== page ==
Several exhibits in the Mark Borghi Fine Art gallery have harkened to the abstract expressionism of German painter Hans Hofmann. In 2016, the Frank Stella retrospective called to mind Hofmann’s arbitration of both European Modernism and American Contemporary art as a teacher in the U.S., fresh from emigrating from Nazi Germany.
Hofmann’s imprint among modern artists in New York was also honored in a 2014 retrospective dedicated to the man himself. Hans Hofmann : A Retrospective (2014) bursts with the free coloring of a painter not given to excess in artistic expression. He once issued an aphorism favoring the relation of a painting’s elements to each other —space and color, to be exact— and the elimination of the superfluous to give way to coherent abstract paintings that truly inhabit the spaces they occupy.
Backing such artistic conviction is an awareness of the elegance of science. Before Hofmann was an art teacher in both Munich and New York, he harbored a deeply ingrained Germanic penchant for science and mathematics. At age 16, he was assistant to the Director of Public Works of Bavaria, an experience that inspired his patenting of tools such as a naval radar, a portable freezer, and a sensitized light bulb. One could argue that such inventions with straightforward use bore similarities in principle with his brand of visual abstraction.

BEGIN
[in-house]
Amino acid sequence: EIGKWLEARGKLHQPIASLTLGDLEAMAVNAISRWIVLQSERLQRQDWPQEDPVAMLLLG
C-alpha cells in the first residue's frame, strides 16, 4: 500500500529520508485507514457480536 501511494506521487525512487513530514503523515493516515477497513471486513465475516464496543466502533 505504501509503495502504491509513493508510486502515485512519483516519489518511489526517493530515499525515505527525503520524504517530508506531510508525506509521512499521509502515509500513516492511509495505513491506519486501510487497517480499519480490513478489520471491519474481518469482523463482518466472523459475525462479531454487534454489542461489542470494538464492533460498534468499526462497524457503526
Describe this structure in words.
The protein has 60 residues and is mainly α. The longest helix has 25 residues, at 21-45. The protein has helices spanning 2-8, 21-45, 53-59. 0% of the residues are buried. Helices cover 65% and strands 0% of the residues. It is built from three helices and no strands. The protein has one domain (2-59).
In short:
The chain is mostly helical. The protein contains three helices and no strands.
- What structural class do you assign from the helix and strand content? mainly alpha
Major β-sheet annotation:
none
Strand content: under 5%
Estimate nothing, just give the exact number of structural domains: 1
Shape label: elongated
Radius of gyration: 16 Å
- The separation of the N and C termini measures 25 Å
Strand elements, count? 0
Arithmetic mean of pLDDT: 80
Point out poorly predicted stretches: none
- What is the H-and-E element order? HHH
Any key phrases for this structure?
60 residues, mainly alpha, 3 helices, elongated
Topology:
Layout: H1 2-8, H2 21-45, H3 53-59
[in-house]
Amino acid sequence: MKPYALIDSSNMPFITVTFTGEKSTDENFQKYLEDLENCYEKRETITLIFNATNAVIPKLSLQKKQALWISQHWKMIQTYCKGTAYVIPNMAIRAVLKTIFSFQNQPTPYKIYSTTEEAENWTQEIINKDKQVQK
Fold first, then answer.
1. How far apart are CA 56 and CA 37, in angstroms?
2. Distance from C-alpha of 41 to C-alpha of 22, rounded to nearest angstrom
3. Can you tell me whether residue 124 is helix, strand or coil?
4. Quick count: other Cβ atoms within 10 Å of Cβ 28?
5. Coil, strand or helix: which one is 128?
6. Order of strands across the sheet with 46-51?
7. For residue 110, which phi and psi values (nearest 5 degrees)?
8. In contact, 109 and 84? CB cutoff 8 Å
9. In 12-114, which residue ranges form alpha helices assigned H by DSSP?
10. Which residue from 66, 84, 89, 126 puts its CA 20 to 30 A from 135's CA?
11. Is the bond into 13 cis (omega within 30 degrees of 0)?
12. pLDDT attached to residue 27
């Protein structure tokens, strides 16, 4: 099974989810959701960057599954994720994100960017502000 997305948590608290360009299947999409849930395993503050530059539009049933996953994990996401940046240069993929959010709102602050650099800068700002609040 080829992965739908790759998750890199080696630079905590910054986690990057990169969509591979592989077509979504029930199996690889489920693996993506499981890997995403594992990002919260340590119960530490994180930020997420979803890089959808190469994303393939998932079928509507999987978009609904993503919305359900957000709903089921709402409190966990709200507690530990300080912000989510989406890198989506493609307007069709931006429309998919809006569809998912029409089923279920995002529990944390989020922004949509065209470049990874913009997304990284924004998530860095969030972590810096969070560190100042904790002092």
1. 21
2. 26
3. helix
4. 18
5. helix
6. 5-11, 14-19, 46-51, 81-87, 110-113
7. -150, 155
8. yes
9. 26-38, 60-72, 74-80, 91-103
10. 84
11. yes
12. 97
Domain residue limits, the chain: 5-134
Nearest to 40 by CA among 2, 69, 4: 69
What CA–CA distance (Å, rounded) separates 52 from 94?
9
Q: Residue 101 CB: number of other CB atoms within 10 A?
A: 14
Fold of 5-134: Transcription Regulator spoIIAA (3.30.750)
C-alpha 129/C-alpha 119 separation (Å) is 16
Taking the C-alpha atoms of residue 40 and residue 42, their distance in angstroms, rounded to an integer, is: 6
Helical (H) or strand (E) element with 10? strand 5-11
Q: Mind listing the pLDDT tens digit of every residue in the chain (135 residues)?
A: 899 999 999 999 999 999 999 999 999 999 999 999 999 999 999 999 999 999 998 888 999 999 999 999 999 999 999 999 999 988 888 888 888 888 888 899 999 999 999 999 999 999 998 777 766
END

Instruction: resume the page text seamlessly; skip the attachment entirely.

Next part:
Form, color, and space are three elements that are just as important in scientific invention. His focus on these would make Hofmann gravitate naturally to the works of Henri Matisse and Pablo Picasso, whose employment of color and form, respectively would inform the voluminous number of paintings Hofmann would produce throughout his life.
In 2017, the works of Hans Hofmann will once again be on display at Mark Borghi Fine Art, along with the works of Milton Avery. Read the exhibit write-up on this website.